A man who claims to be the only homeowner in a subdivision off of Dauphin Island Parkway says he has been told he is no longer a member of the homeowners association, in the midst of a legal battle over an application to the Mobile Planning Commission.
An attorney for George Owens obtained a temporary restraining order Thursday, which forced developers of Heron Landing to withdraw an application for resubdivision of the 20-lot parcel to make way for future plans.
In 2009, Owens bought property and the rights to a boatslip in the subdivision, which partially fronts Dog River, from realtor and developer J. Gaines Betbeze. Since then, though, he has added that parcel to adjacent property in the Faye Place subdivision he owns and lives on to take advantage of a tax credit for which he’s eligible because of his wife’s disability.
His merging of the two properties, he and his attorney Bratton Rainey have said, is the reason developers and officers of the Heron Landing Homeowners Association told him he’s no longer a member of the subdivision, or of the homeowners association.
The son of J. Gaines Betbeze, attorney Jaime Betbeze, cited the restraining order and said he would not be able to comment.
In addition to claiming to own the only home in the subdivision, Owens said he has spent time and money repairing an empty dock in the property’s common area. He’s replaced wood and paid half the cost to put in a water line.
“I’m the only person entitled to dock space,” he said. “I’m the only one to ever have a boat in the boat slips.”
Owens and Rainey said they believe he is still a member of the homeowners association because when he purchased the property for $55,000, he was granted leeway on covenants and conditions. Rainey added that Owens wouldn’t have paid so much for the property without the promised access to the water. He said if he’s removed from the homeowners’ association and the subdivision, he’d lose access to the water.
Line 7 of the purchase agreement states that the Heron Landing developer can’t use any “building, out-building, other feature or improvement,” which does not fit the covenants and conditions of the subdivision as a basis to deny Owens’ application to join his Faye Place lot to his Heron Landing lot. Line 6 of the agreement allows Owens to maintain his business, George Owens & Associates LLC, even if the two lots are combined.
At issue for Owens and residents of other neighborhoods is the fear that a resubdivision, which is what the Planning Commission was going to consider Oct. 20, would lead to the construction of apartments on the property. Owens said he doesn’t want apartments that close to his home. He gathered petition with 32 signatures from residents along Doyle Street, Willowdale Street and other nearby areas. He also sent a letter dated Oct. 13 to the Planning Commission, writing that those who signed the petition are worried about the future use of the development.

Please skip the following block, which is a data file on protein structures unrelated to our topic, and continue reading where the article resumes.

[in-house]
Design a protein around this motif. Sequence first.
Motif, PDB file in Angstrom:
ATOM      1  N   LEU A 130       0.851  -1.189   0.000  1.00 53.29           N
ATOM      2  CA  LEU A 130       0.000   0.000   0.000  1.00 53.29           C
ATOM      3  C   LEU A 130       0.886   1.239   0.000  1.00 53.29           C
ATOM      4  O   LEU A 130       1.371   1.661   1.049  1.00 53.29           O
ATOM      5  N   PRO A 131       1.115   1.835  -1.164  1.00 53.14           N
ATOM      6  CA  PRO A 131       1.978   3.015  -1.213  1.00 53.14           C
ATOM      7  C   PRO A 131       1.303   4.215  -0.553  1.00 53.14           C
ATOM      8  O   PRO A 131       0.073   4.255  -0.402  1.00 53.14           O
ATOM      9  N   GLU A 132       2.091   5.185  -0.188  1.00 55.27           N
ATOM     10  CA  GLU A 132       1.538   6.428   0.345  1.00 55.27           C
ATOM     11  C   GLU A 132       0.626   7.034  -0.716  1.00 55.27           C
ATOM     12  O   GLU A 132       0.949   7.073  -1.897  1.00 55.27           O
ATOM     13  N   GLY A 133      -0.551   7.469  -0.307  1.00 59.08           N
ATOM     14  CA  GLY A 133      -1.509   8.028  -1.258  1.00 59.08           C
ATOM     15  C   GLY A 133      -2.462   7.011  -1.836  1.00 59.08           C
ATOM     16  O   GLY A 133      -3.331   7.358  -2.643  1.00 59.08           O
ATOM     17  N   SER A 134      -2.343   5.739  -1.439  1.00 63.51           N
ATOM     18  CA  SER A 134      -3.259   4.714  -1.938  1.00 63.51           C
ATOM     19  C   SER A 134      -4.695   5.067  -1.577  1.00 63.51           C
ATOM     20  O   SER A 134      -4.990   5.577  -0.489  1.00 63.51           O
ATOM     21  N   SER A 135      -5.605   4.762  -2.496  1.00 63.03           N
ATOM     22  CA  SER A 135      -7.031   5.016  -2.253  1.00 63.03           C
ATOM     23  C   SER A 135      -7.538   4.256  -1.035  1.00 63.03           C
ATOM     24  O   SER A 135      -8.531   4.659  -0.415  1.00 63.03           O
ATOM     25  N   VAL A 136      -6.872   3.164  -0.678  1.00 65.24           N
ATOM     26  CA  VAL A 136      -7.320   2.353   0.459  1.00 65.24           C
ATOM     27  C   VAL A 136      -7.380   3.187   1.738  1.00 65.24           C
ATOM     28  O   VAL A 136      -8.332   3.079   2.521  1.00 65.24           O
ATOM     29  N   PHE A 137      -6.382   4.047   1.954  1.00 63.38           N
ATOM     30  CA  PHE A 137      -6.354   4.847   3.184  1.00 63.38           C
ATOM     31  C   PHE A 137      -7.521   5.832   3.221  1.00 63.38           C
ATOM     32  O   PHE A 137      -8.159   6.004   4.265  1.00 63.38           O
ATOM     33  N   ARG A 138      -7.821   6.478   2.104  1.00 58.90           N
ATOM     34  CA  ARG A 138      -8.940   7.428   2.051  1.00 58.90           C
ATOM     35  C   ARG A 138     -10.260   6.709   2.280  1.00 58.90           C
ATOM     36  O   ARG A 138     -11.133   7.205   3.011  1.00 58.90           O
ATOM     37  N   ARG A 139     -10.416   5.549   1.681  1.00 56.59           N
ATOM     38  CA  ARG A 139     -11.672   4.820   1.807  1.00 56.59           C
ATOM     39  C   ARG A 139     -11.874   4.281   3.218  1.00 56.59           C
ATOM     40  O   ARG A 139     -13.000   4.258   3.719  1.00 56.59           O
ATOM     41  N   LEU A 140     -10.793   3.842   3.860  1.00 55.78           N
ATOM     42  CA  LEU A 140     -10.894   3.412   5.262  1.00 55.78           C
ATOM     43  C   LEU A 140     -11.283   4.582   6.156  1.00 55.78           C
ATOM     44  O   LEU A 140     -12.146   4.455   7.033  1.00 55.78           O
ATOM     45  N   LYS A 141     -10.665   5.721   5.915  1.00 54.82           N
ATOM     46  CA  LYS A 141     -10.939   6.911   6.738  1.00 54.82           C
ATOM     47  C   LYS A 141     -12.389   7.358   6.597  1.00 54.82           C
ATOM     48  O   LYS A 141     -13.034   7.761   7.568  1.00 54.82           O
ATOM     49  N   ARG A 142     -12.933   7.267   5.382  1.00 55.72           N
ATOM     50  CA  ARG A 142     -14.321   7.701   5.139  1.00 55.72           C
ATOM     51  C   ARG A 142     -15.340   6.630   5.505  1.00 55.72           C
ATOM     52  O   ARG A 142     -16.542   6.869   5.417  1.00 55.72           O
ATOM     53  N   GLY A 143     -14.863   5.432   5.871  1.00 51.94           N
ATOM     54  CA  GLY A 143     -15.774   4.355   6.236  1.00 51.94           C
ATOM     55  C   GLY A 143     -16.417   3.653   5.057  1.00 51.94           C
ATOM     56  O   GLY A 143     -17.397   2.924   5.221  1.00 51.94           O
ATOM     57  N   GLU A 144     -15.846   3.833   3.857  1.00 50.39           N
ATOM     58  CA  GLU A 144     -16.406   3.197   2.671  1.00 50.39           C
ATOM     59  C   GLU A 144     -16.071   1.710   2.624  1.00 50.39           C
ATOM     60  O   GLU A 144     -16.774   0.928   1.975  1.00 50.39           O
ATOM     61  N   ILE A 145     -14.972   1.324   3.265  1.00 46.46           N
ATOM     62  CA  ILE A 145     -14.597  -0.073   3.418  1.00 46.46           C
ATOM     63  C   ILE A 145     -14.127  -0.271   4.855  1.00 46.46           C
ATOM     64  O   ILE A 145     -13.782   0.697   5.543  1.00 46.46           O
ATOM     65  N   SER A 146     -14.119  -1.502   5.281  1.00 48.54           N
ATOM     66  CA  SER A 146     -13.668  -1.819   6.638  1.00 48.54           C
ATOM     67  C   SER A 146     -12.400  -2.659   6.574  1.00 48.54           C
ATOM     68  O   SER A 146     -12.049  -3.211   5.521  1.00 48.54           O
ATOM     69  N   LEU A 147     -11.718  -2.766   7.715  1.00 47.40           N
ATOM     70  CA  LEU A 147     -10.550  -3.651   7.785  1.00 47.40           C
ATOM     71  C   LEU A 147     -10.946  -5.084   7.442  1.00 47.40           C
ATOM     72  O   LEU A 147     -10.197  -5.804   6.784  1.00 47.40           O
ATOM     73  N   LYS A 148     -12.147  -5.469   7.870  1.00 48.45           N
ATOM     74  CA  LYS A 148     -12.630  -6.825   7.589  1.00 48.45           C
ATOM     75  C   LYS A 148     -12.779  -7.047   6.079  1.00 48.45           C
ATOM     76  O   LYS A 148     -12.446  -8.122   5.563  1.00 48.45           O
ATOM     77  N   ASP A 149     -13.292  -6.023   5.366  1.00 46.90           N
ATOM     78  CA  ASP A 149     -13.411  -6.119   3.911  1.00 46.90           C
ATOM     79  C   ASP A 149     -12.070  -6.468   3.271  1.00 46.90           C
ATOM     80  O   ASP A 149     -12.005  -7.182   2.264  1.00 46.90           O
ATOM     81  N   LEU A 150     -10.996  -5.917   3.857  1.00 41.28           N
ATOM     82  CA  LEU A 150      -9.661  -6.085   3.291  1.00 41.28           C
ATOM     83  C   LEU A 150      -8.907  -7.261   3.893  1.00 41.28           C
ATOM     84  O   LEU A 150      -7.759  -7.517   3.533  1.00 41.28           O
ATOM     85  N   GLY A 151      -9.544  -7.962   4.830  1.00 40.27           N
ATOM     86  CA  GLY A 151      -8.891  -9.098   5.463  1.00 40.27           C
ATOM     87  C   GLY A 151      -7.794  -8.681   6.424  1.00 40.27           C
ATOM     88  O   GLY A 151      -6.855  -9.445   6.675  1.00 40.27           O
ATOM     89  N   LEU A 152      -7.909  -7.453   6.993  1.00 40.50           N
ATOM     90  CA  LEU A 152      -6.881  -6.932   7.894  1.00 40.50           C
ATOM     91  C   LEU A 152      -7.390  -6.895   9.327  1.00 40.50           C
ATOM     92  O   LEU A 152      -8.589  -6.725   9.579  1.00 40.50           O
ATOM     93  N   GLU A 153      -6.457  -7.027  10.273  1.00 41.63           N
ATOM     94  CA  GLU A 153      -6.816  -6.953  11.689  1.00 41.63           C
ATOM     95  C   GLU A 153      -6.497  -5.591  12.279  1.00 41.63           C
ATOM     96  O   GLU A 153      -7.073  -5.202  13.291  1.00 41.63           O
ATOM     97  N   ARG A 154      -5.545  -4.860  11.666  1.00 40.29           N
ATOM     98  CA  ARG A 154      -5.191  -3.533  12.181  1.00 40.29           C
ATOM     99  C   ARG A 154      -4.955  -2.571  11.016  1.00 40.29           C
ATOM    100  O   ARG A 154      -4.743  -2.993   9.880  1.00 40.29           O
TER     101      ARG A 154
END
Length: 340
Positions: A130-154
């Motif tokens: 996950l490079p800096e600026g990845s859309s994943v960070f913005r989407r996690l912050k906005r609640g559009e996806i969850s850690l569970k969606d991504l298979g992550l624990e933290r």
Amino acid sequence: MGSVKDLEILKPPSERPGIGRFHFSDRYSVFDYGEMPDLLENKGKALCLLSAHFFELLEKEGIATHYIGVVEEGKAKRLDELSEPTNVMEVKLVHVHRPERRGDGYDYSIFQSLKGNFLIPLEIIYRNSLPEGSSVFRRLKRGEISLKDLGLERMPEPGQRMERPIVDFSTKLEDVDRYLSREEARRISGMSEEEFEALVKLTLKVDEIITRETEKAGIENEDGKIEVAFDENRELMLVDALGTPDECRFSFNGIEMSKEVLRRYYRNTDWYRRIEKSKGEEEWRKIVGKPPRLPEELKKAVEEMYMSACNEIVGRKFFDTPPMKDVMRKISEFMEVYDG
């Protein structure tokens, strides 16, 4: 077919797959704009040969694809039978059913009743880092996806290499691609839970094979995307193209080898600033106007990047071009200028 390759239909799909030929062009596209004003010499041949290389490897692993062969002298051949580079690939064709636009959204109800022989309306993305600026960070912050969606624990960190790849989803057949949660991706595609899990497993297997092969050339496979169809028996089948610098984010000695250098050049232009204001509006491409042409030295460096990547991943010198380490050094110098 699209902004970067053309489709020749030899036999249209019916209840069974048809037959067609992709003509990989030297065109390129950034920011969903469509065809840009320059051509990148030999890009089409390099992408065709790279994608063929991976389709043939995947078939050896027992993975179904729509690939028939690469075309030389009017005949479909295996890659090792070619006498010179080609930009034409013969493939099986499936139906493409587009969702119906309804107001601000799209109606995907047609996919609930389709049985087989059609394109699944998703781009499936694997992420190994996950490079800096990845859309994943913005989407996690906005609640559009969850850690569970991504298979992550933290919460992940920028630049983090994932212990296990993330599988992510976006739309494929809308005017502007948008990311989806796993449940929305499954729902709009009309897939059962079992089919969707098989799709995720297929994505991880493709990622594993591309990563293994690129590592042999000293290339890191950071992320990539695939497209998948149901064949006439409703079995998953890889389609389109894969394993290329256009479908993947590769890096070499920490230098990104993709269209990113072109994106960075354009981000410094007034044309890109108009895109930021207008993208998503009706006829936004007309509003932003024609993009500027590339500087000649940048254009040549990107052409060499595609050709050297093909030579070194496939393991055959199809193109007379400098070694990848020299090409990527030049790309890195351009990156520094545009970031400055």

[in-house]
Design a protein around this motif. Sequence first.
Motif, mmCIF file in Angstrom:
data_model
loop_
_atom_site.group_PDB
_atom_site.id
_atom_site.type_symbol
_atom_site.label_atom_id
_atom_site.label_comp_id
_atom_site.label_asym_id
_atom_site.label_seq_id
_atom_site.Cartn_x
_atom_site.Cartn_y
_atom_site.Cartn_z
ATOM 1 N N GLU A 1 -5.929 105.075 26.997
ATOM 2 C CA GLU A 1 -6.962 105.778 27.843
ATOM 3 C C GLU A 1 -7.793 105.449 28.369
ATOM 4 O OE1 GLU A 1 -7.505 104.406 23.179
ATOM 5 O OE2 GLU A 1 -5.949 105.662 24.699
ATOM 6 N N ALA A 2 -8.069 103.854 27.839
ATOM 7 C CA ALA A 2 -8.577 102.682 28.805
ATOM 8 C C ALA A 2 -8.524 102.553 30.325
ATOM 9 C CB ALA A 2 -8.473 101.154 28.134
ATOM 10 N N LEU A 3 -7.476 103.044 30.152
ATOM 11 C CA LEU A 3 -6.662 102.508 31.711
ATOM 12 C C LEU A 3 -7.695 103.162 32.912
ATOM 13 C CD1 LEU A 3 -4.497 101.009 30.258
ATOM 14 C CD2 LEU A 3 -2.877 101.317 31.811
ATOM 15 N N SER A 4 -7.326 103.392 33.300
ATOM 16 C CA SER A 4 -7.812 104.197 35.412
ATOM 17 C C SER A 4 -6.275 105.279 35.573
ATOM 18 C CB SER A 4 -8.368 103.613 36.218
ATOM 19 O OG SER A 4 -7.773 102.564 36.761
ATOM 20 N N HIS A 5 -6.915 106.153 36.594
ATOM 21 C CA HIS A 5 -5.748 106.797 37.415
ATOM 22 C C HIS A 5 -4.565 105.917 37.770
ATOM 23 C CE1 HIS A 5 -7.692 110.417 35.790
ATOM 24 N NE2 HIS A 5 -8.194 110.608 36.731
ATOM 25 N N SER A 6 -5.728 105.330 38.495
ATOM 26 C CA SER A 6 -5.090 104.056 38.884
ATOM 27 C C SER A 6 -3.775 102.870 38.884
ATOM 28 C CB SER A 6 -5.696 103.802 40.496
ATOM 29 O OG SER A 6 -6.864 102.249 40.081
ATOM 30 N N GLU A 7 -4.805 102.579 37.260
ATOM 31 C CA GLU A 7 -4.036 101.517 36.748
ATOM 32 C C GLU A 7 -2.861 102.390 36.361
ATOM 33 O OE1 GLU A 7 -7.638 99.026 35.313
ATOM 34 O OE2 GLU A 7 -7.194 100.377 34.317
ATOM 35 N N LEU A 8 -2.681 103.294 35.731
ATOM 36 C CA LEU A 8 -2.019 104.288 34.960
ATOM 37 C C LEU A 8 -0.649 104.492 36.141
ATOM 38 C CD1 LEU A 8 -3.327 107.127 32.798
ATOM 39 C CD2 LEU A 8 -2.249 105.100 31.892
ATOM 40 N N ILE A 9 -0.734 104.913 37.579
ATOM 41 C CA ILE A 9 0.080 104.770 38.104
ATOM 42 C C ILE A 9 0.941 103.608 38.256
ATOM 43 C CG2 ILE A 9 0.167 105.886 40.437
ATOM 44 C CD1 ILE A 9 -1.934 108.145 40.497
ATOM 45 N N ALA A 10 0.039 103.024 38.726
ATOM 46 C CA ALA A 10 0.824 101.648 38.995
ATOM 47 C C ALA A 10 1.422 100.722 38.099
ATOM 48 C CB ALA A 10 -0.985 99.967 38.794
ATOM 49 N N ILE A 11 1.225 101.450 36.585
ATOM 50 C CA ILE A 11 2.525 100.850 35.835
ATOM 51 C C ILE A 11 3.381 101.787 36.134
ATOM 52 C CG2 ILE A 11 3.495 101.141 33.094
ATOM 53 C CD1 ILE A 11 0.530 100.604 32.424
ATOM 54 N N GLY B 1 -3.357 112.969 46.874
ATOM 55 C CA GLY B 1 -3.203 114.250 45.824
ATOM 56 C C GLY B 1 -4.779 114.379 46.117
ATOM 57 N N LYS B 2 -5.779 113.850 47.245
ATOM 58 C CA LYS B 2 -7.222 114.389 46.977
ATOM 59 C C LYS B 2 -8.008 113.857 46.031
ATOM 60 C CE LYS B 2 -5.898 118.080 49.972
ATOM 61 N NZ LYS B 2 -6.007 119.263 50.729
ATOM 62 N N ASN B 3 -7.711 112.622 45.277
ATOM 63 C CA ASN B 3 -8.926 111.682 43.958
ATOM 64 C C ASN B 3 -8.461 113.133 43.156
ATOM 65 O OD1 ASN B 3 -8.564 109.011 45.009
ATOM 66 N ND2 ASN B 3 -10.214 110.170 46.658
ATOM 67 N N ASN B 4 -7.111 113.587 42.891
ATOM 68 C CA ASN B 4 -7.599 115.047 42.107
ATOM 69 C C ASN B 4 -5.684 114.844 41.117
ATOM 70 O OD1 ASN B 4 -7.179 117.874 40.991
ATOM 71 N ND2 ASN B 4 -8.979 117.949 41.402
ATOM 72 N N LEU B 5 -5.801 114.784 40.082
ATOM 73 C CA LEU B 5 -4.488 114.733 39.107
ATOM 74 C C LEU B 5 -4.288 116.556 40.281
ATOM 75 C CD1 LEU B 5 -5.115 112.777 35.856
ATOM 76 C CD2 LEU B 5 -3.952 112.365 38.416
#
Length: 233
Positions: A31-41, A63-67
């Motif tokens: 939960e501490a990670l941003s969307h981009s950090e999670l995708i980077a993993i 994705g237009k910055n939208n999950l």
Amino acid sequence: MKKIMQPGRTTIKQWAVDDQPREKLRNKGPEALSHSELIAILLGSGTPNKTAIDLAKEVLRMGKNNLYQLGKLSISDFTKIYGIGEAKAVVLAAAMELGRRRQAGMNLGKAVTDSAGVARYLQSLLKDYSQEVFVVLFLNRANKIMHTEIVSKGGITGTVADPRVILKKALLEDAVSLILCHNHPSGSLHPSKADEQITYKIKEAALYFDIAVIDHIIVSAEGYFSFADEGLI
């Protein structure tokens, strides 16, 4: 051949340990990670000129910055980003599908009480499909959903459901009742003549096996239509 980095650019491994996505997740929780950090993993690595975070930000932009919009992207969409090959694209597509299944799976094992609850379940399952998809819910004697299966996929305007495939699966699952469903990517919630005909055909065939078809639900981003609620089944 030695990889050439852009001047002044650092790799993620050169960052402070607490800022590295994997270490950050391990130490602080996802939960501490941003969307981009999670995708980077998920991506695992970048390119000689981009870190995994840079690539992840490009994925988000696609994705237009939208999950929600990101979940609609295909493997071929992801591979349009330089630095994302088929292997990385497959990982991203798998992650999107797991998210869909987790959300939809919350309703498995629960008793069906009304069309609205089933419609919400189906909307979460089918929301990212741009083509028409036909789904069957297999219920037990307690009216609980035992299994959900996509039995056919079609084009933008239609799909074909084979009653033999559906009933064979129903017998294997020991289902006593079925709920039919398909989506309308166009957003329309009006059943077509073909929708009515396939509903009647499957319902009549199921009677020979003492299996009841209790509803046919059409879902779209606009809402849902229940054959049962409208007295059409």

“We are aware that the intent of the developers [is to consolidate] the lots from the current 20 residential lots into two oversized residential lots,” he wrote. “The developer has indicated his intent that if he is successful in this application to market the consolidated lots to accommodate apartment construction requiring a [rezoning] of the property to something other than R-1.”
Rainey also argued a resubdivision would go against the current homeowners association’s guidelines and officers of the organization have a duty to uphold those.
According to the commission’s agenda, planning staff had recommended the move to redivide the property for approval with conditions. Any rezoning application would first have to be approved by the Planning Commission and then by the City Council.
Debi Foster, executive director of Peninsula of Mobile, said she’s worked closely with Gaines Betbeze on the issue and confirmed there are no current plans for apartments on the property. She also said the group is not taking sides in the debate, but added the land in question is a development point in the community’s comprehensive plan.
Foster said the elder Betbeze has attempted for years to sell the property as individual lots, but has run into the ill effects of a negative perception about the Dauphin Island Parkway area.
“One of our major focuses is to change the perception, real or imagined,” she said. “The crime stats don’t bear out the perception of the community.”
Gaines Betbeze has invited Foster to meetings with investors to present the comprehensive plan, but those investors have been less than thrilled because of the perception that exists, she said.
“We were greeted coolly at best,” Foster said. “The perception is holding us back.”
Foster said some of the issues may also stem from the price of insurance, or the collapse in the housing market shortly after Betbeze purchased the land.
As for Gaines Betbeze, Foster said her group could not ask any more from a developer. He has invited the group to meetings and worked with them on it.
“He’s looking for options,” Foster said. “We’ve worked with him to find options … That area is an important area for us. We’ll keep an eye on it.”
Rainey said the officers of the homeowners association and the developers have an obligation to do right by the only man to buy property in the subdivision.
“The developers are in a situation where they need to do something with the property, and I get that,” Rainey said. “I don’t get how they’ve handled this with George Owens … They need to make him happy, or not move forward with the project.”
A hearing is scheduled for Monday, Oct. 31, for a preliminary injunction on the Planning Commission application. The commission itself will hold a hearing on the issue Thursday, Nov. 17.